Q&A: With RBs Coach Dean Dalton

Running backs coach Dean Dalton talks about the dream running back, how the Vikings judge their running backs, and the many assets Moe Williams provides.

Dean Dalton enters his fifth season in Minnesota, his second as running backs coach after spending his first three seasons with the Vikings alongside Mike Tice coaching the offensive line.

Prior to joining the Vikings in 1999, Dalton spent four years as the managing editor of War Room Publications and the president of The Red Zone Interactive.

Dalton also worked as the Dean of Students and Director of Athletics for the Delavan-Darien School District in Delevan, Wis., from 1996-98. He was the athletics director, administrator and head football coach for St. Michael's Academy in Austin, Texas, from 1995-96.

Dalton last coached collegiately at Purdue as its receivers coach (1990). He coached running backs at Texas Southern (1988-89), wide receivers at Wisconsin (1986-87), and defensive backs and running backs at Western Illinois (1984-85). Dalton played college football for Air Force Academy in 1981-82 and for Western Illinois in 1983-84.

Q: Let's dream for a minute and say you could construct the ideal running back. Who would you use as models?

A: I'll be a homer and take Michael Bennett's speed. I'll take Barry Sanders' change of direction. I'll take Walter Payton's mental toughness. I'll take Emmitt Smith's durability. I'll take Marcus Allen's versatility as a receiver and a great runner and a short-yardage guy. Combine those five guys and you have a super back. If you look at each of those five players, they were all great players during their careers, and great leaders. They were model players. I would say that at some point and time, each of those five guys was the best and was the guy that you would really love to coach.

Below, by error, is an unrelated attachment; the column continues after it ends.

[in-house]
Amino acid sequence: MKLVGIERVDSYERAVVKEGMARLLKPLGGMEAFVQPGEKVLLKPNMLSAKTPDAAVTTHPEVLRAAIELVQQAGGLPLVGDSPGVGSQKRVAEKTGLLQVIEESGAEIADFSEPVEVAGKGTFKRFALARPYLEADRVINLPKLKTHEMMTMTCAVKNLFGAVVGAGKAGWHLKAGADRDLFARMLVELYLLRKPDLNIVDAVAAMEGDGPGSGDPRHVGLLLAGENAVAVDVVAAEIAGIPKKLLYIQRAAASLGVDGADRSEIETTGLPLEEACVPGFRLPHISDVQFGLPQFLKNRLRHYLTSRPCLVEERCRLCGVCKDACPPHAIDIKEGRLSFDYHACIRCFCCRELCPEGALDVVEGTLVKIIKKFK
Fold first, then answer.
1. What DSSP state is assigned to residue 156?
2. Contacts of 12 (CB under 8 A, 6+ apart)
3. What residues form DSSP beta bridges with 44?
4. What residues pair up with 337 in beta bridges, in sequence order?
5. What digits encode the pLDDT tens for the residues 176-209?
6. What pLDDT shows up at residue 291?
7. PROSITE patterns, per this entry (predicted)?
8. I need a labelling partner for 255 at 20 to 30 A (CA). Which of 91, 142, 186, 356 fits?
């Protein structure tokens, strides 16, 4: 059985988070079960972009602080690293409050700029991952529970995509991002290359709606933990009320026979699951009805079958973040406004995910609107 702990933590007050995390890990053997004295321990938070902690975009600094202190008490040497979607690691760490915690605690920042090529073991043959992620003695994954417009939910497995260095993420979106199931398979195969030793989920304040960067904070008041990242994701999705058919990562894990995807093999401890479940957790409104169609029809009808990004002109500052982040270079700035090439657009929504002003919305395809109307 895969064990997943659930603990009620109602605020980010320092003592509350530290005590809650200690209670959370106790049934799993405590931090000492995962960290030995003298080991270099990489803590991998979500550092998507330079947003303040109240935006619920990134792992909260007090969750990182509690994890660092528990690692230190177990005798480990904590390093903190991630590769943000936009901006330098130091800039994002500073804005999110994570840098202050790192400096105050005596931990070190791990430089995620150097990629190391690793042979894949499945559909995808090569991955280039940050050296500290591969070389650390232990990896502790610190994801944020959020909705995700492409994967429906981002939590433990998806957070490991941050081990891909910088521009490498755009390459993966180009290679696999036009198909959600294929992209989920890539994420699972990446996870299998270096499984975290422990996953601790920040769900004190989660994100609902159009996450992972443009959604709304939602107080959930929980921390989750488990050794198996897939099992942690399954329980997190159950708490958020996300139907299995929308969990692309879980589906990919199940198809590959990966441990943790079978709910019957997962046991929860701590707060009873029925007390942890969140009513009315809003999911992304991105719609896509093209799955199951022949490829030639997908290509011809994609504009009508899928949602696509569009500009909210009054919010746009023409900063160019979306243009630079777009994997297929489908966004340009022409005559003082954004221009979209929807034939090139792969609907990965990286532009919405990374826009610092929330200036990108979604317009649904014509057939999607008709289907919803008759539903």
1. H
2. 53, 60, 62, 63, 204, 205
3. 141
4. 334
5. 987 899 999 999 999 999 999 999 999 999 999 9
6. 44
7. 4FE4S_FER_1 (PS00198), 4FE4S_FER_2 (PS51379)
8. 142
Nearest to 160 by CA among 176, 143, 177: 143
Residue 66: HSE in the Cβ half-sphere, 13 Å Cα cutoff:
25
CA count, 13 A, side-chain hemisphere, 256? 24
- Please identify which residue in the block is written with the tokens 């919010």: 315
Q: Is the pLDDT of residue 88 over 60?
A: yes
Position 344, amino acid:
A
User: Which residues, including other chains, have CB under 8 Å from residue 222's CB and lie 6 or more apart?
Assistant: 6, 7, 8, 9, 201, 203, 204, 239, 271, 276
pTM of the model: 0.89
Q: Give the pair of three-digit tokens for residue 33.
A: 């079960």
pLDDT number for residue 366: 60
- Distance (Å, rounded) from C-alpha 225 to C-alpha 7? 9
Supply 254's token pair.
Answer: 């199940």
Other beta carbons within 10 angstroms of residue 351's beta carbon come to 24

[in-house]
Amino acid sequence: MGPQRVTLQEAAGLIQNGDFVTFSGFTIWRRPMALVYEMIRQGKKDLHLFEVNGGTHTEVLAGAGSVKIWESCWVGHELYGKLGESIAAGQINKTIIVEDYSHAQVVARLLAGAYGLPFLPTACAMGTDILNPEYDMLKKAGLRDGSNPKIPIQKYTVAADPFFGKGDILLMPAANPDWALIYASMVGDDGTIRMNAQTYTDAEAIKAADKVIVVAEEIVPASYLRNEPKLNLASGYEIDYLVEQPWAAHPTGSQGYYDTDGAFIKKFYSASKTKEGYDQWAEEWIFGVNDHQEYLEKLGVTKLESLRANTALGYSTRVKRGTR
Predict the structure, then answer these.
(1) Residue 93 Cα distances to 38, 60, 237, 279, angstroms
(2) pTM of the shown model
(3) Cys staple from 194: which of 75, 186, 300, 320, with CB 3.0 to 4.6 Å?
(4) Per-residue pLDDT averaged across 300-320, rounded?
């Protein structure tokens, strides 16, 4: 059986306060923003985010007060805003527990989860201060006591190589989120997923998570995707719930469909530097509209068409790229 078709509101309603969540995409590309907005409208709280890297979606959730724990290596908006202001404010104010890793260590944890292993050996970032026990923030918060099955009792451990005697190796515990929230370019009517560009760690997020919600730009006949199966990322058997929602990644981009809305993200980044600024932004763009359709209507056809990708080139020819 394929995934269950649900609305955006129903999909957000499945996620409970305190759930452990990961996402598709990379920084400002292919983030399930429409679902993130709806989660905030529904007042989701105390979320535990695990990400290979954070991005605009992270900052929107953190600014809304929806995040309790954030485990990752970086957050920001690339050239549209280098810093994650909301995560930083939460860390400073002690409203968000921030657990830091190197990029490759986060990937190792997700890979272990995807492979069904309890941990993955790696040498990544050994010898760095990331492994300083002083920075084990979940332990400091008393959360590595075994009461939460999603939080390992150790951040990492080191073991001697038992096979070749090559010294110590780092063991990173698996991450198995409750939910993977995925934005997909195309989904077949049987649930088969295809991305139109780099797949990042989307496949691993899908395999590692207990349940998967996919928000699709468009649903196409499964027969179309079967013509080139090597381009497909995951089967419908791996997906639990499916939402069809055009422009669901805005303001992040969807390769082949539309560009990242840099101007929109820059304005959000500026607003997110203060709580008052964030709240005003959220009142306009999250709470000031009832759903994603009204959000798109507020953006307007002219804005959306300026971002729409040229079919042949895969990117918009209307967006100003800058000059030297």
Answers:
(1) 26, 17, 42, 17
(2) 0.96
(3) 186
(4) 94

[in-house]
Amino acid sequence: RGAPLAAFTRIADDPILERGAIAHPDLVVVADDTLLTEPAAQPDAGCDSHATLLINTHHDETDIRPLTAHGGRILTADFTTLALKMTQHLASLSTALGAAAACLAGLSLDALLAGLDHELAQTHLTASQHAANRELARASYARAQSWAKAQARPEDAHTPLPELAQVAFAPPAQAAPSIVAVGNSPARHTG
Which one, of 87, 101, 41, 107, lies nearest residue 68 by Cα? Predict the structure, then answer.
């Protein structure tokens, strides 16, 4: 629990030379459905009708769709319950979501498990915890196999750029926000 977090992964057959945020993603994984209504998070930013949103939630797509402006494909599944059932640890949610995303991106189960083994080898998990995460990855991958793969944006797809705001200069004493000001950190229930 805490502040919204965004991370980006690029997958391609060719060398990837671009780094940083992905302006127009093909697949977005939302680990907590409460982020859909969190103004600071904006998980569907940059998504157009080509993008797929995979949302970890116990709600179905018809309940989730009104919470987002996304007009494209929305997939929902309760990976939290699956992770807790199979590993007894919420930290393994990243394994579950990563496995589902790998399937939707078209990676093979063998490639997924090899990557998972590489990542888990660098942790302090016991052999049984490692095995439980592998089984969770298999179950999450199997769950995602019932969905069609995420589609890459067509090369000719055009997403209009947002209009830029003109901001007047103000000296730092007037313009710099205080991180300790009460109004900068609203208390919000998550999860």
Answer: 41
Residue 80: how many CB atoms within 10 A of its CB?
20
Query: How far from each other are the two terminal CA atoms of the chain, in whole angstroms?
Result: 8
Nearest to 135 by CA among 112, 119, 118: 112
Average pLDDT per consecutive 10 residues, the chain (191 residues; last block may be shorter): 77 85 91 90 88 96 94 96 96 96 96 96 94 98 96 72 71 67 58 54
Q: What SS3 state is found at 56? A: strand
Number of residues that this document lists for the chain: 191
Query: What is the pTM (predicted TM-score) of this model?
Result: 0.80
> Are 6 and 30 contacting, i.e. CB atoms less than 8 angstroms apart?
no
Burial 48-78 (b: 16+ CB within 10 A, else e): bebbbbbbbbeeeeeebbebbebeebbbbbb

Q: When evaluating talent, what do the Vikings look for in a running back?

A: We look for smart football players. What we're interested in is a football player that can learn. The other intangible we look for is the maturity process. How are they going to handle going from college to the pros? I used to joke that players go from scraping together money with their friends to order a pizza, to being able to be drafted and buy a pizza franchise. We look for how they're going to handle that change from college to pro. We evaluate skills and the measureables and the production, but the intangibles are what separate our team and make it so good.

Q: Obviously, you would rather have Michael Bennett healthy, but what are the pros and cons of having a "running back by committee?"

A: It goes along with the No. 1 goal with this group of men — to win a championship. If everyone keeps their priorities straight, they'll understand that being part of a championship organization is exciting and something that most people won't have the opportunity to do. As running backs, they all were "the guys." Of course, you have competitive egos, but you also have camaraderies and that's the type of people we have.